Improved Memory Leads to More Accurate Use-of-Force Reports
Coleman, Todd, The FBI Law Enforcement Bulletin
As you complete your midnight shift, you know that your department's policy states that you must finish your paperwork before securing from duty. As usual, it was a busy night, and, to top things off, you were involved in a foot pursuit that resulted in the use of force and an injury to the suspect. Fighting to stay awake, you fill out your agency's use-of-force report, turn it in, and head home for some well-deserved sleep.
Because of a great deal of scientific research on human memory, you should not be surprised to find that you have made errors in your use-of-force report. If you are lucky, these will be insignificant and easily corrected. Unfortunately, such errors could lead to accusations of untruthfulness, internal investigations, and even potential civil or criminal prosecution. (1)
Overconfidence in the accuracy of their own recollections leads most people to automatically assume that mistakes in another's recall of events stem from dishonesty, rather than memory errors. This belief, however, can have a devastating impact on the reputation of an officer who reported a use-of-force incident incorrectly due to faulty memory recall.
The best way to deal with this problem is to avoid it in the first place by taking advantage of the vast amount of research conducted in the area of human memory. The law enforcement community and the courts have accepted and implemented many of these principles. While procedures, such as sequential lineups and the cognitive interview technique, have helped ensure the accuracy of the information provided by witnesses, law enforcement officers have received little training in methods to help them recall events as accurately as possible. Even more troubling, the procedures of many agencies often increase the likelihood of memory errors by officers.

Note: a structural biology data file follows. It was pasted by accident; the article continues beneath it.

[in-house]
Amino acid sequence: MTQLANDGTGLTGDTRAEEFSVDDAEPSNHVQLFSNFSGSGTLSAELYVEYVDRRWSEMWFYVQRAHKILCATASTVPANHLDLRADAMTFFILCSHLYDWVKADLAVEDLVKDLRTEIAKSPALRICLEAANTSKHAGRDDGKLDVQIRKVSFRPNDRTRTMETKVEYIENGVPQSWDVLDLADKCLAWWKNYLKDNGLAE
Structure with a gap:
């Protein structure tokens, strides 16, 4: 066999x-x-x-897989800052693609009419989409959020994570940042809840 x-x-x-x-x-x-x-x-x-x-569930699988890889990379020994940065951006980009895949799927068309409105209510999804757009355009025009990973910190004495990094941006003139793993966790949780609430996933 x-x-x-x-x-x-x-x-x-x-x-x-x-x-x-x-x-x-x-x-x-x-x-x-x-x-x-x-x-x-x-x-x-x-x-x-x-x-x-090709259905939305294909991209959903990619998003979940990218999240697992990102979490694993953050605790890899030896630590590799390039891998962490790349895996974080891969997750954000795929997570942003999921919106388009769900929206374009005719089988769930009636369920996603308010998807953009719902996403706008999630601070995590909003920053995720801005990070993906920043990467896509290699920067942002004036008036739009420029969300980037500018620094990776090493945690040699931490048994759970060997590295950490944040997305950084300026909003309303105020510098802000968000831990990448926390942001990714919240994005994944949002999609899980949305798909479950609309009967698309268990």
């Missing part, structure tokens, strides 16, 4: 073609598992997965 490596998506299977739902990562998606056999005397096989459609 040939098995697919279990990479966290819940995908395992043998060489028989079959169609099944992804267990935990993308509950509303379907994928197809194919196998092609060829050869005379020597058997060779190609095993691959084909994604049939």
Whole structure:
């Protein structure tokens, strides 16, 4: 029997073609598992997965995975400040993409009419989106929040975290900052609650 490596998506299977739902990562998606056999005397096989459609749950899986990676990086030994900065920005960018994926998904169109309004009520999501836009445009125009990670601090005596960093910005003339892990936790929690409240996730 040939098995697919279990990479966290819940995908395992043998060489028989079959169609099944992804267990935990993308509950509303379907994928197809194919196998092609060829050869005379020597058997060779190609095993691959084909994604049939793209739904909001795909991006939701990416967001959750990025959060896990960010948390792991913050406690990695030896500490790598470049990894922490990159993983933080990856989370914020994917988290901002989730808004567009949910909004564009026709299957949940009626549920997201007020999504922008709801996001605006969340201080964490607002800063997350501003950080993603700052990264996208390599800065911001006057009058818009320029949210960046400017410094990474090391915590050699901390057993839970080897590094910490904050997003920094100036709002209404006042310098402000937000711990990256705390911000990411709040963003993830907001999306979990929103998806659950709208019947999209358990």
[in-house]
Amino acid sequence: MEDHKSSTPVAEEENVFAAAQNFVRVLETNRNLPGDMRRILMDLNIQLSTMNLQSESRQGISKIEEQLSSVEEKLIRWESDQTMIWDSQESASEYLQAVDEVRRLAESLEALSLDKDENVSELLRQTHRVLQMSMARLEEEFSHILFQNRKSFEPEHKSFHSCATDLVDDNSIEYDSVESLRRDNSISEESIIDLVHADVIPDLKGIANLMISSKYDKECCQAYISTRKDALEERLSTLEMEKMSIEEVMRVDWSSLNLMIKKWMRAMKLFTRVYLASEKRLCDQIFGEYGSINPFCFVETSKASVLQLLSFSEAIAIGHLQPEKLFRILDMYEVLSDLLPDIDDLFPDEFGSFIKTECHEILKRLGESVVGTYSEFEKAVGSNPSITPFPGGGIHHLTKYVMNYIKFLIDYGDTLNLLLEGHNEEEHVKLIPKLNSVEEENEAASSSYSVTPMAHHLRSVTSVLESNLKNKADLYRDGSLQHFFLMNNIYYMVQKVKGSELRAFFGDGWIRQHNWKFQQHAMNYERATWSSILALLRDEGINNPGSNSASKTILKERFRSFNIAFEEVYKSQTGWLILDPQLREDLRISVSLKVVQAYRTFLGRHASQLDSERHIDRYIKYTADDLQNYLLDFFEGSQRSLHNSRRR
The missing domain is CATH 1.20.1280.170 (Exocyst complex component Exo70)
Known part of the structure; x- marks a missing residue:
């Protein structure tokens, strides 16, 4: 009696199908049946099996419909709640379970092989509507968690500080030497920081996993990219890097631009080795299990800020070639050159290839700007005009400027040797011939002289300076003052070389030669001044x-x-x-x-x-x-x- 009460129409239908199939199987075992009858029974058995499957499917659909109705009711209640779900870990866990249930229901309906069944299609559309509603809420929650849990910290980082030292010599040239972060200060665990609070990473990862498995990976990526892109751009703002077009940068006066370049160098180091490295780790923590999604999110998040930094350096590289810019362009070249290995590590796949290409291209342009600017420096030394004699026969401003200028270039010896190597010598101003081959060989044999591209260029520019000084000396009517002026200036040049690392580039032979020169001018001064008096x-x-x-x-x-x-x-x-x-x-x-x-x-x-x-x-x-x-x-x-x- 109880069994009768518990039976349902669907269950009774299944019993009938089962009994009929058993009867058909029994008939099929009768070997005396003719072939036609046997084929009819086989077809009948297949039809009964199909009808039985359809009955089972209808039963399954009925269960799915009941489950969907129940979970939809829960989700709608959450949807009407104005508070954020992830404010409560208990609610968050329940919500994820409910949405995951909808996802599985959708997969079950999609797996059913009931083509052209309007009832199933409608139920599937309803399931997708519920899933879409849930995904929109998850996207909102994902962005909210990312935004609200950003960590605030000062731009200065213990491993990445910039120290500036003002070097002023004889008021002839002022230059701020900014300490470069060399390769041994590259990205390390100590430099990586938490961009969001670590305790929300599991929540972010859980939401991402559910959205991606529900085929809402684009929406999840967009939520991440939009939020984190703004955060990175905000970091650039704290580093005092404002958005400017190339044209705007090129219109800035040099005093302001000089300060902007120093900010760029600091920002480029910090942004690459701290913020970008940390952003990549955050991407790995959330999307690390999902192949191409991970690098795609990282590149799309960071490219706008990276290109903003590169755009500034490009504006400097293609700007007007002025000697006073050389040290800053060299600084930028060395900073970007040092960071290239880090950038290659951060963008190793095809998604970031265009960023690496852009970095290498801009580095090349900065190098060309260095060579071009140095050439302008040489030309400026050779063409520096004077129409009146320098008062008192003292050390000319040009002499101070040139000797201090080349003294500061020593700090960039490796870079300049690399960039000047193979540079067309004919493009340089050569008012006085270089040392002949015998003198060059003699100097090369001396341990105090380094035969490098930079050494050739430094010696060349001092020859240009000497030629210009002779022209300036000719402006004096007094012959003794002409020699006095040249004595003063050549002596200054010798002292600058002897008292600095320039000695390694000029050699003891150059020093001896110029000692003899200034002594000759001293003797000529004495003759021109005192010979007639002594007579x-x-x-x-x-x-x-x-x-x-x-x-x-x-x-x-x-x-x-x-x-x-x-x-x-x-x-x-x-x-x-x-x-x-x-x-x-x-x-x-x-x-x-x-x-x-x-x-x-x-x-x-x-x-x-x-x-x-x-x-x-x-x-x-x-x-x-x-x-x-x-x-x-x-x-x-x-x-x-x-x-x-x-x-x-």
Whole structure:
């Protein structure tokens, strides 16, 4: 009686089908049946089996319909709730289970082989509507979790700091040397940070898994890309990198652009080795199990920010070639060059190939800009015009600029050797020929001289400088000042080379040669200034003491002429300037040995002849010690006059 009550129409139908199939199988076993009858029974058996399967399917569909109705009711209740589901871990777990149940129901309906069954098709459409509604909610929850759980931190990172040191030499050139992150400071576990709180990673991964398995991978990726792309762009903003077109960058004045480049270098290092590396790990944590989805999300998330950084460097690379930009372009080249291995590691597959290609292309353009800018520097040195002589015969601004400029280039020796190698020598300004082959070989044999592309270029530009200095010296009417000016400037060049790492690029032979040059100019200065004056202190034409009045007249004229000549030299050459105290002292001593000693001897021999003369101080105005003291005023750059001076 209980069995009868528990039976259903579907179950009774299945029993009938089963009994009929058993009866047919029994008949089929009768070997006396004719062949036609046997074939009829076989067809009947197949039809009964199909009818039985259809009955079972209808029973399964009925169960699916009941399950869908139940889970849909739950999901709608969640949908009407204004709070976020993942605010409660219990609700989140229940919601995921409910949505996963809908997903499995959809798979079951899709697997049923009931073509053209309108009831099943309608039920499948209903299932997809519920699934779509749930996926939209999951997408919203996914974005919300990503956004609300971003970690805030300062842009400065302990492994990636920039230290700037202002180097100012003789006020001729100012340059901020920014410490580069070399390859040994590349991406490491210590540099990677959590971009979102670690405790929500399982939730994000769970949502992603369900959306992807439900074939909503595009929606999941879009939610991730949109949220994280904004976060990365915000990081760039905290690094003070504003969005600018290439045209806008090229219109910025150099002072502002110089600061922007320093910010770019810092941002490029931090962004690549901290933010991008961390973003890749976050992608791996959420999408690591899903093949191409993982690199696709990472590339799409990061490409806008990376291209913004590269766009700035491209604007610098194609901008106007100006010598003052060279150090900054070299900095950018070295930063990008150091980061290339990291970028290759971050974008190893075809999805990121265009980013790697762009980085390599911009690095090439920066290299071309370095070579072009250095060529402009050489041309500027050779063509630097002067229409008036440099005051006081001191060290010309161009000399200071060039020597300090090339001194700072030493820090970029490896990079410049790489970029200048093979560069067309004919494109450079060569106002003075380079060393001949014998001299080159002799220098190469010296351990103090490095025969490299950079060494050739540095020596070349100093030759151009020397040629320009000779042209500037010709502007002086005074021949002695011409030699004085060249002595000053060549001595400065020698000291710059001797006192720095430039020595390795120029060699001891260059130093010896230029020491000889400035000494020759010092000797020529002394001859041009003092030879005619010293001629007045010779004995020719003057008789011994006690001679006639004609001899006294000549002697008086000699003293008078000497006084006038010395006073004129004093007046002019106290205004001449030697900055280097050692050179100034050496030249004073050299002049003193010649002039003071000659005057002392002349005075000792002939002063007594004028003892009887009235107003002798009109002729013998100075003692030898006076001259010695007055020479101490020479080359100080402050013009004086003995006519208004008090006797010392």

Understand What Happens
First of all, use-of-force reports are unique because officers are describing an incident that is usually emotionally charged and one in which they actively participated. Second, the nature of a use-of-force incident can contribute to memory distortions. During deadly force situations, officers can suffer various memory distortions. Concepts, like tunnel vision and auditory exclusion, are familiar to most officers. However, memory distortions can occur in other use-of-force encounters as well. (2)
A recent report by the British Psychological Society defined a traumatic event as "a situation in which the individual experienced, witnessed, or was confronted with actual or threatened death, serious injury, or the threat to the physical integrity of self or others." (3) The report included physical assault as one example of a typical traumatic event that could negatively impact memory, stating that "it is common that other parts will be more vague, have some gaps, in jumbled order, and possibly contain inaccuracies." By this definition, many, if not most, use-of-force incidents could be considered a traumatic event and carry the implications of possible memory distortions.
Additional research in this area also has shown that people's memory can be affected by exposure to high levels of stress. One study reported that "evidence that eyewitness memory for persons encountered during the events that are personally relevant, highly stressful, and realistic in nature may be subject to substantial error." (4) Based on relevant research, it is clear that when reporting use-of-force incidents, officers need to be aware of circumstances that can lead to memory distortions.
Because officers are reporting an event where they may have some difficulty in completely and accurately recalling all details of the incident, they should enact procedures that help facilitate accurate memory. By following three basic procedures, agencies can enhance officers' memories resulting in more accurate and detailed use-of-force reports. This not only benefits officers by avoiding the trouble associated with an erroneous use-of-force report but it saves their agencies the time and money associated with conducting internal investigations. …